KARACHI, PAKISTAN, Nov 18, Reuter: Pakistan Army Chief General Mirza Aslam beg has congratulated Benazir Bhutto on Wednesday’s election results and promised power will be transferred peacefully to the new parliament, informed sources said on Friday.

His comments came in a telephone call on Thursday night to the 35 year old opposition leader who has claimed victory after her Pakistan People’s party (PPP) won 45 per cent of the Moslem seats at stake.

The military has ruled Pakistan for more than half its 41 year history and its views will be decisive if Bhutto is to form a government.

Bhutto’s main opponent, Punjab Chief Minister Nawaz Sharif, meanwhile flew to Karachi in a bid to put together a coalition government to keep the PPP from power.

Sharif, the only one of the three Islamic democratic alliance (IDA) leaders to win a seat, was planning to open negotiations with the Mohajir National movement, an IDA. Spokesman in Islamabad said.

The movement, representing a large immigrant community won 13 national assembly seats, the third largest block after the PPP’s 92 and the IDA’s 54.

Beg, who became chief of army staff in August on the death in a plane crash of President Mohammad Zia-Ul-Haq spoke first to Bhutto’s mother Nusrat in Larkana and then to Benazir in Karachi, the sources said.

Bhutto, seeking to become the first woman elected to rule a Moslem nation, told Beg she had heard reports of attempts to block a transfer of power, the sources said. But he reassured her would go ahead peacefully.

Senior PPP Leaders contacted for comment would neither confirm nor deny the telephone conversation and no military spokesman was immediately available for comment. Bhutto was asked Acting President Ghulam Ishaq Khan to appoint her Prime Minister, but the IDA says it can form a government.

“We’ve been discussing it amongst ourselves and it’s not a total write-off that we can form a government,” IDA spokesman Murtaza Pooya said. It’s still an open question. I wouldn’t lay bets either way,” he said.

But analysts said the alliance faced a much harder task than the PPP. “My guess is that the IDA is being very optimistic,” a western diplomat commented.

The alliance published a list of 10 seats where the independent winners had already pledged their support.

Pooya said the IDA leader in North-West Frontier Province, retired General Fazle Haq, had reported eight members elected in the semi-independent tribal areas along the Afghan border would also join an Anti-PPP coalition.

The Mohajir National movement is making its first foray into national politics. The movement sprang up in Karachi, Pakistan’s largest city, and nearby Hyderabad two years ago had already swept local council elections there,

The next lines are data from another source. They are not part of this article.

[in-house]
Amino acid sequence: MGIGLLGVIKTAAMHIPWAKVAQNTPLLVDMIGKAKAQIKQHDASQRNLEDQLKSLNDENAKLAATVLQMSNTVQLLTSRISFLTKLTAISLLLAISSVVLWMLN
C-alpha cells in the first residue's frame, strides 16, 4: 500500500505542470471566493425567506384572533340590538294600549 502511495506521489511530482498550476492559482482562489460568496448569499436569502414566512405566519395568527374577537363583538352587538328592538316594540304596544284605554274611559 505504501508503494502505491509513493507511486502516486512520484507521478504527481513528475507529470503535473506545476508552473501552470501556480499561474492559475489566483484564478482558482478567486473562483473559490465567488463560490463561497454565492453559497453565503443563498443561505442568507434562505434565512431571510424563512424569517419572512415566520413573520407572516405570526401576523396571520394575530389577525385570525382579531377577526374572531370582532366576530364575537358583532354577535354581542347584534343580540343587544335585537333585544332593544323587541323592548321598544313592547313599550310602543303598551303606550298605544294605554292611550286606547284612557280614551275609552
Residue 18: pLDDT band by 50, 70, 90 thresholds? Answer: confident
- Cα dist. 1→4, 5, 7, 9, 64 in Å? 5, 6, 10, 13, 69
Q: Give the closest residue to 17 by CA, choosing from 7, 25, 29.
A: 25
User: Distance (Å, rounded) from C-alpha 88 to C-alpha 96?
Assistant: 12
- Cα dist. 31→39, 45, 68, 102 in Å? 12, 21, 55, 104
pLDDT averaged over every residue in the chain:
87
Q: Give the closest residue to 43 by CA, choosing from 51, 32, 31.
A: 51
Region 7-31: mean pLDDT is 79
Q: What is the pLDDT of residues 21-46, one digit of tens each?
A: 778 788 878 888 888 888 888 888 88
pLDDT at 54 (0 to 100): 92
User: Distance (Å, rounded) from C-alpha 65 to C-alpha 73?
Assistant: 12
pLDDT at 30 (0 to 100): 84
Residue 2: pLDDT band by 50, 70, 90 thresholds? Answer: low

Representing Moslems who migrated from other parts of British India at partition in 1947, it took 11 of Karachi’s 13 seats and two in Hyderabad.

Militant Mohajirs have been involved in bloody rioting with rival ethnic groups which has taken at least 900 lives in Southern Pakistan in the past two years.

It is led by 38 year old Altaf Hussain, who did not stand for the national assembly himself.

Bhutto, whose father Zulfikar Ali Bhutto was ousted as Prime Minister by Zia and executed two years later has said the PPP was already in contact with independents and minor parties to discuss a coalition.

Some analysts speculated the IDA’s public attempts to form a coalition might be intended partly to influence voting in Saturday’s elections for the four provincial assemblies,

The provincial assemblies have considerable financial and local government powers. A widespread belief that the PPP was going, to head the federal government could help its candidates in the provincial elections, they said.

The analysts said the results of the provincial elections could influence some independent federal deputies in deciding whether to support Bhutto or the IDA.

The provincial representatives also join the national assembly and the senate in forming an electoral college which chooses the national president. The current senate (upper house) was elected in 1985 in non-party elections boycotted by the PPP.

Wednesday’s elections, the first fought by parties for 11 years, swept away a large crowd of senior politicians.

Among them were the IDA’s Mohammad Khan Junejo, a former Prime Minister, and alliance President Ghulam Mustafa Jatoi, a disillusioned former Bhutto aide.

Article extracted from this publication >> November 25, 1988